My DH and I just began the process for separation. Our goal is not devorce. But I cannot tollorate his choices anymore and he refuses to get couseling. I feel this is my last resort to wake him up that changes need to be made. that is not the issue though. We have two yong children, a 1yr old and 4 yr old. Wondering with such young children how you arranged visitation/custody. I would like to be equal as possible, but both children are very attached to me and the baby is still nursing a lot. He has struggled with solid foods and is not yet able to be away from me for extended periods of time. The older child is very much attached to me at night we have always bedshared/co-slept.
I have been a stay at home mom also the bulk of our marriage. What is a reasonable request for support of two children and possibly myself until I can obtain employment.
Also how much say should grandparents have? My in-laws are demanding visitation also. Can they do that if DH does not request visitation? I think if they want to see the children in should be on DH time not mine.
First, big hug!
Second, have you consulted an attorney? You need to protect yourself and your kids... As for support, there are state-by-state guidelines for that...you should check it out.
Third, grandparents do not have independent rights. You are correct that it should be on their father's time...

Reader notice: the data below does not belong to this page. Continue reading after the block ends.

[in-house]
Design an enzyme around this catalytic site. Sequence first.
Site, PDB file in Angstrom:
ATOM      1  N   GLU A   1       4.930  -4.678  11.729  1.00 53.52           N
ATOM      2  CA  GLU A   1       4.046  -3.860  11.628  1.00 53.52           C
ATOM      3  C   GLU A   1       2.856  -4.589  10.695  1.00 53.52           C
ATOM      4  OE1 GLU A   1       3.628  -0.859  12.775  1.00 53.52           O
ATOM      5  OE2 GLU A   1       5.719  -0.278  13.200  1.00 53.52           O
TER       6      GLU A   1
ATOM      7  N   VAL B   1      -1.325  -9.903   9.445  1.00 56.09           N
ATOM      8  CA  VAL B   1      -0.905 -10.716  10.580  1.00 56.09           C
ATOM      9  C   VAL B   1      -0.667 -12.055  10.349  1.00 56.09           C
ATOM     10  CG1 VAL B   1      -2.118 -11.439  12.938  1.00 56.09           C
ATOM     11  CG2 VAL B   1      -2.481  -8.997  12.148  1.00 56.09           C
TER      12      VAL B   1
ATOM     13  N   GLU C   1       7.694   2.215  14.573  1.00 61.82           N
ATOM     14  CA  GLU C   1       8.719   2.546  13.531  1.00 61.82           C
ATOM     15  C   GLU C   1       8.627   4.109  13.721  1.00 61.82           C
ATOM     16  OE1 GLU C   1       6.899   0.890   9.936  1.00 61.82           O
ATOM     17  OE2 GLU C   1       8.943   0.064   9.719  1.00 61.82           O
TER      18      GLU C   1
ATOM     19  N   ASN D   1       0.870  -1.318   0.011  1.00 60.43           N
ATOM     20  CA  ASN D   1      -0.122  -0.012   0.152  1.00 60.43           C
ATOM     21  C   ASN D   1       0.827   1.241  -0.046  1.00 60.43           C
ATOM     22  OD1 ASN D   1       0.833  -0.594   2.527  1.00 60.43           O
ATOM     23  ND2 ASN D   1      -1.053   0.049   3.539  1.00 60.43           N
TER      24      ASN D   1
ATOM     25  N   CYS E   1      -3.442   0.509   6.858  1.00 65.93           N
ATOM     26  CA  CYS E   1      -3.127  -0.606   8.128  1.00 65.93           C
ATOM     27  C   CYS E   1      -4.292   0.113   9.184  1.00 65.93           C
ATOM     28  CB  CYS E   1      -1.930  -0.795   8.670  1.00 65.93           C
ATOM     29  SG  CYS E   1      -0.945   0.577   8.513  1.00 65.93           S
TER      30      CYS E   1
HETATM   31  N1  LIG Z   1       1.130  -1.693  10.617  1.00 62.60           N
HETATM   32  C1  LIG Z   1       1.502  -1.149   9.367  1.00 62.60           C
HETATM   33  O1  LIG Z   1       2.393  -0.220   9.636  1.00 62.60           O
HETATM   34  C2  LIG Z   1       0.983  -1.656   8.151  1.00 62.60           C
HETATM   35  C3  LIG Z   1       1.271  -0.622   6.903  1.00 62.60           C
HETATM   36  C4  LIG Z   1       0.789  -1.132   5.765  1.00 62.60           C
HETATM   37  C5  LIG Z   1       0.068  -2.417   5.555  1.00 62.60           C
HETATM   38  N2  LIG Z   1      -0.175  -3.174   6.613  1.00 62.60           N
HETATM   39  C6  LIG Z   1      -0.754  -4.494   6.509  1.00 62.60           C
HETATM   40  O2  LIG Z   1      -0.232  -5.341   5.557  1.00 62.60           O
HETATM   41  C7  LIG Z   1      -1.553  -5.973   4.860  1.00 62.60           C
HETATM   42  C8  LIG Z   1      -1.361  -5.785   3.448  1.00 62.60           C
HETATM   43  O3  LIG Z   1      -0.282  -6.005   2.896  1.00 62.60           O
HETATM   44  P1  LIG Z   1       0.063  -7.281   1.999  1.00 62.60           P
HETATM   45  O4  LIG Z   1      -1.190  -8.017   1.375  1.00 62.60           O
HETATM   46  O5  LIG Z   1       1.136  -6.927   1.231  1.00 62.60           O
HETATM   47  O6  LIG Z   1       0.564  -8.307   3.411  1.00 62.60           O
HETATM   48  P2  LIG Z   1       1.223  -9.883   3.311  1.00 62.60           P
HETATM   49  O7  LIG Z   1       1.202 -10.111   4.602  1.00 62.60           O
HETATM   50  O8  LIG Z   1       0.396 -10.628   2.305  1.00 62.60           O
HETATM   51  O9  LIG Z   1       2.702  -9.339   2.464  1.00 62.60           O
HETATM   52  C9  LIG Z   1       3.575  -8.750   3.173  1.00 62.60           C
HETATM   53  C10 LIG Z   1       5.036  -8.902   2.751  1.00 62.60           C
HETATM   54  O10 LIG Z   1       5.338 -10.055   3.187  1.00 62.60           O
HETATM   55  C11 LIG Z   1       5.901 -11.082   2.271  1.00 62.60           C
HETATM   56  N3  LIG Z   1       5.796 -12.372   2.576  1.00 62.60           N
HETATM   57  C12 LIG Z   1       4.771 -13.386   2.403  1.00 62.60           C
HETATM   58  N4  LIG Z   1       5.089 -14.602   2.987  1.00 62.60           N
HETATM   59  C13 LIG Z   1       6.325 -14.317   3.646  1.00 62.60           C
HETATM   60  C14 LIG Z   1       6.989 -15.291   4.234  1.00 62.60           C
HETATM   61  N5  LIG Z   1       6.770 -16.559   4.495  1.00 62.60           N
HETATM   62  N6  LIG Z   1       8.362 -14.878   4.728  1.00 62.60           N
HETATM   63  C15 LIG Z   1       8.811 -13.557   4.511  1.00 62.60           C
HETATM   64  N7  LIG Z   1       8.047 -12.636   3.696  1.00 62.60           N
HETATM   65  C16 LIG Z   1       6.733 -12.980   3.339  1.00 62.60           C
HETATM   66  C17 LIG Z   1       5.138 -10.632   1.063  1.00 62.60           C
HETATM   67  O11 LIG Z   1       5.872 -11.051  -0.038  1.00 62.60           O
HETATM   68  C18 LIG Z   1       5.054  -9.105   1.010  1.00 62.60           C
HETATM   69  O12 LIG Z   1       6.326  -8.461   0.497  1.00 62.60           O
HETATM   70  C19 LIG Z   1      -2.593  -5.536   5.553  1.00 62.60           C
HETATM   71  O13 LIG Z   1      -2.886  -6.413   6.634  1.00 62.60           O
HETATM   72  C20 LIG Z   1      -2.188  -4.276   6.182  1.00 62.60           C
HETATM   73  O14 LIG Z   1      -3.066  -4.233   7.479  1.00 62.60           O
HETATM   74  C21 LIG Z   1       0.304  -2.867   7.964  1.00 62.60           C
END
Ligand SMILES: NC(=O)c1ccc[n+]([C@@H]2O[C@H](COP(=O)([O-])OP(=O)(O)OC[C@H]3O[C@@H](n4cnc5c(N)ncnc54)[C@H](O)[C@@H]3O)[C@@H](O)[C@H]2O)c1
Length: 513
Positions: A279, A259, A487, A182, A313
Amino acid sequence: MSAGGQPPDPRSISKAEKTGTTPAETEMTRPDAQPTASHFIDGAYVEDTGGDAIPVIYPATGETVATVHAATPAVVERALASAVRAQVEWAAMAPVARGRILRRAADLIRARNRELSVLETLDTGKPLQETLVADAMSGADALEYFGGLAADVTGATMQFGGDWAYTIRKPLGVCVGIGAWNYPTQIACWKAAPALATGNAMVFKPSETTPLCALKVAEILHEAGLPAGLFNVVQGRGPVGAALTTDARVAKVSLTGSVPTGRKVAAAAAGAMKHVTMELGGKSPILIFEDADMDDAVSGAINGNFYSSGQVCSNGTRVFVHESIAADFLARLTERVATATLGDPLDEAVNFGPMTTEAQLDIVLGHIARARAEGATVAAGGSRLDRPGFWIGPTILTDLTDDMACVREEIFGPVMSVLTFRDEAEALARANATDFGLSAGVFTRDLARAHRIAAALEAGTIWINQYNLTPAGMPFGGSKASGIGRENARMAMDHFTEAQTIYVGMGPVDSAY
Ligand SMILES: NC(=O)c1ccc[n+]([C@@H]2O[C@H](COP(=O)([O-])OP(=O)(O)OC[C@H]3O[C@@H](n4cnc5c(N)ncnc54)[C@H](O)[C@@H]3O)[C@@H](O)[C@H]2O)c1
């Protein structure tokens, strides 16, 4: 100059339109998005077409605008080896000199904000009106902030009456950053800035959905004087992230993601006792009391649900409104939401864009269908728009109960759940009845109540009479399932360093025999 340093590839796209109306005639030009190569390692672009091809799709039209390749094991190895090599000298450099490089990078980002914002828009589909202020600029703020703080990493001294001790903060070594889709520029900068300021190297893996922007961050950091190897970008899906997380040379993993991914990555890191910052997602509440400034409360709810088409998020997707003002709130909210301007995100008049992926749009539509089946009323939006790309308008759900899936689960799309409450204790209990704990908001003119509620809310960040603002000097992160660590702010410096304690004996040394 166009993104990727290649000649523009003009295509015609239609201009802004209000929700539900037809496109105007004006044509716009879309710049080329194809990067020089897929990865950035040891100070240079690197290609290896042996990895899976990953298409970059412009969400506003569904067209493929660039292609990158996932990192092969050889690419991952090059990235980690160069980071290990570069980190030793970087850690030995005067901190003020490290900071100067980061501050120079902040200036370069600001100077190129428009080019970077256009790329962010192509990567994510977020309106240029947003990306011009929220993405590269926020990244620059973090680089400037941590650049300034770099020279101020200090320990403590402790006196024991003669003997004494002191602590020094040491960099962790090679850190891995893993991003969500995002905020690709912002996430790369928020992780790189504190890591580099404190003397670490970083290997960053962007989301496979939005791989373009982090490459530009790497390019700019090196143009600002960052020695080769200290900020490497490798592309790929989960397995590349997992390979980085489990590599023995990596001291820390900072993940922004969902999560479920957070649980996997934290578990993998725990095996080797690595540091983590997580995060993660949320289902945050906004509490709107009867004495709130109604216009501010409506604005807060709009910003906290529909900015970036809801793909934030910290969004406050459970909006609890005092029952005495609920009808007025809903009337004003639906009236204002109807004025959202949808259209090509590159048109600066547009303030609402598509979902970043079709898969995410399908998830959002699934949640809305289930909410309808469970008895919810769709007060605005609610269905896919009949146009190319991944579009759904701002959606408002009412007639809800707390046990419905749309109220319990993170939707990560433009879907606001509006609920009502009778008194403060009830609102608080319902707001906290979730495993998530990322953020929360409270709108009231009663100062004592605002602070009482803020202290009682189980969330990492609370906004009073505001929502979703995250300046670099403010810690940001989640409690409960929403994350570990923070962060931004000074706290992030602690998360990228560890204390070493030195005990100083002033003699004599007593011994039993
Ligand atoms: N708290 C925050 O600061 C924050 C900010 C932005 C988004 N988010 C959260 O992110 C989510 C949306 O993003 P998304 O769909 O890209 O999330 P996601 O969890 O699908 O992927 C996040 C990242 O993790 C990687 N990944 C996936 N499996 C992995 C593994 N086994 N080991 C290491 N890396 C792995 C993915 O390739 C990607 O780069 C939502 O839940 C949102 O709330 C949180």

Finally, you should be able to argue for limited-time visits given the breastfeeding, though frankly if this moves in to a courtroom there are some judges who will not get BF'g beyond 6 months old, so alas you need to be careful...sadly... One of the issues in my current custody battle is extended breastfeeding, and my attorney informs me that it is very judge-dependent.
Again, big hug. Keep the faith. Do what you know is right for you and your kids. That is the essence of good parenting!
Mom to two terrific kiddos, affirming every day that the Universe is unfolding as it should and all is well...
Yes, to everything the PP said. I would consult an attorney just to be sure you are protected. A legal separation may be a good way to go.
Also as far as visitation you may want to set up a plan that starts with small periods of time and builds up to longer periods of time to help the kids with the transition.
My first thoughts was: "remember that this is that part that it hard. It will feel neverending, and it will feel like you can't do it. You can. You don't need the epidural :=)" but that's just what the word "transition" makes me think.
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